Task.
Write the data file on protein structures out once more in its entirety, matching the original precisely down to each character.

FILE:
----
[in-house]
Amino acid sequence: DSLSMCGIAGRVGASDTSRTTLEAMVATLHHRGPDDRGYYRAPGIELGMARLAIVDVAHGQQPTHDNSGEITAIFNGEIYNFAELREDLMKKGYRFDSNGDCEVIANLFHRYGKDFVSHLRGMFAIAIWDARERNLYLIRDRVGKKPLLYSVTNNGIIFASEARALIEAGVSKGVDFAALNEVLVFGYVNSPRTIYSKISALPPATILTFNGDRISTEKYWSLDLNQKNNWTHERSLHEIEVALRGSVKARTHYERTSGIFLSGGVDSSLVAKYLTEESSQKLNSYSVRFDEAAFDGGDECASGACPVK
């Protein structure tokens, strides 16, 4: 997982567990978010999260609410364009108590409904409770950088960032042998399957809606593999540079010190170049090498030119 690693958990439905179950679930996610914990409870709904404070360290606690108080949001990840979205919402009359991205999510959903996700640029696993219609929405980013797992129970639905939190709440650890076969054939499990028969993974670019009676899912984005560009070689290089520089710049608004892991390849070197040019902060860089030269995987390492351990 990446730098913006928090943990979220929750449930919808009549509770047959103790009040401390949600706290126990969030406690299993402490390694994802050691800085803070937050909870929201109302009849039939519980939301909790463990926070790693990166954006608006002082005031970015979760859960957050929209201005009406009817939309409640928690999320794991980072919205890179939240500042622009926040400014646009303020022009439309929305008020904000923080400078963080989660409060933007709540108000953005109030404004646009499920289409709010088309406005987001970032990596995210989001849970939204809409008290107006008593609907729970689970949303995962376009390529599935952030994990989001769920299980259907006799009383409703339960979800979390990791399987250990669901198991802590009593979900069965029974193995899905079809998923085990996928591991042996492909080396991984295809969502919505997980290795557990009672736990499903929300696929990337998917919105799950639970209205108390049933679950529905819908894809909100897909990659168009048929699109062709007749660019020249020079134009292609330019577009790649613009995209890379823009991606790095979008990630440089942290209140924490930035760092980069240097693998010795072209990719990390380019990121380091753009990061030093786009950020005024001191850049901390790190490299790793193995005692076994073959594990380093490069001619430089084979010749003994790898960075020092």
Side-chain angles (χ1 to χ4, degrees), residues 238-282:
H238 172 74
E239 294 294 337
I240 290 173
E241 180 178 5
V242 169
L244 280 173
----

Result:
[in-house]
Amino acid sequence: DSLSMCGIAGRVGASDTSRTTLEAMVATLHHRGPDDRGYYRAPGIELGMARLAIVDVAHGQQPTHDNSGEITAIFNGEIYNFAELREDLMKKGYRFDSNGDCEVIANLFHRYGKDFVSHLRGMFAIAIWDARERNLYLIRDRVGKKPLLYSVTNNGIIFASEARALIEAGVSKGVDFAALNEVLVFGYVNSPRTIYSKISALPPATILTFNGDRISTEKYWSLDLNQKNNWTHERSLHEIEVALRGSVKARTHYERTSGIFLSGGVDSSLVAKYLTEESSQKLNSYSVRFDEAAFDGGDECASGACPVK
């Protein structure tokens, strides 16, 4: 997982567990978010999260609410364009108590409904409770950088960032042998399957809606593999540079010190170049090498030119 690693958990439905179950679930996610914990409870709904404070360290606690108080949001990840979205919402009359991205999510959903996700640029696993219609929405980013797992129970639905939190709440650890076969054939499990028969993974670019009676899912984005560009070689290089520089710049608004892991390849070197040019902060860089030269995987390492351990 990446730098913006928090943990979220929750449930919808009549509770047959103790009040401390949600706290126990969030406690299993402490390694994802050691800085803070937050909870929201109302009849039939519980939301909790463990926070790693990166954006608006002082005031970015979760859960957050929209201005009406009817939309409640928690999320794991980072919205890179939240500042622009926040400014646009303020022009439309929305008020904000923080400078963080989660409060933007709540108000953005109030404004646009499920289409709010088309406005987001970032990596995210989001849970939204809409008290107006008593609907729970689970949303995962376009390529599935952030994990989001769920299980259907006799009383409703339960979800979390990791399987250990669901198991802590009593979900069965029974193995899905079809998923085990996928591991042996492909080396991984295809969502919505997980290795557990009672736990499903929300696929990337998917919105799950639970209205108390049933679950529905819908894809909100897909990659168009048929699109062709007749660019020249020079134009292609330019577009790649613009995209890379823009991606790095979008990630440089942290209140924490930035760092980069240097693998010795072209990719990390380019990121380091753009990061030093786009950020005024001191850049901390790190490299790793193995005692076994073959594990380093490069001619430089084979010749003994790898960075020092």
Side-chain angles (χ1 to χ4, degrees), residues 238-282:
H238 172 74
E239 294 294 337
I240 290 173
E241 180 178 5
V242 169
L244 280 173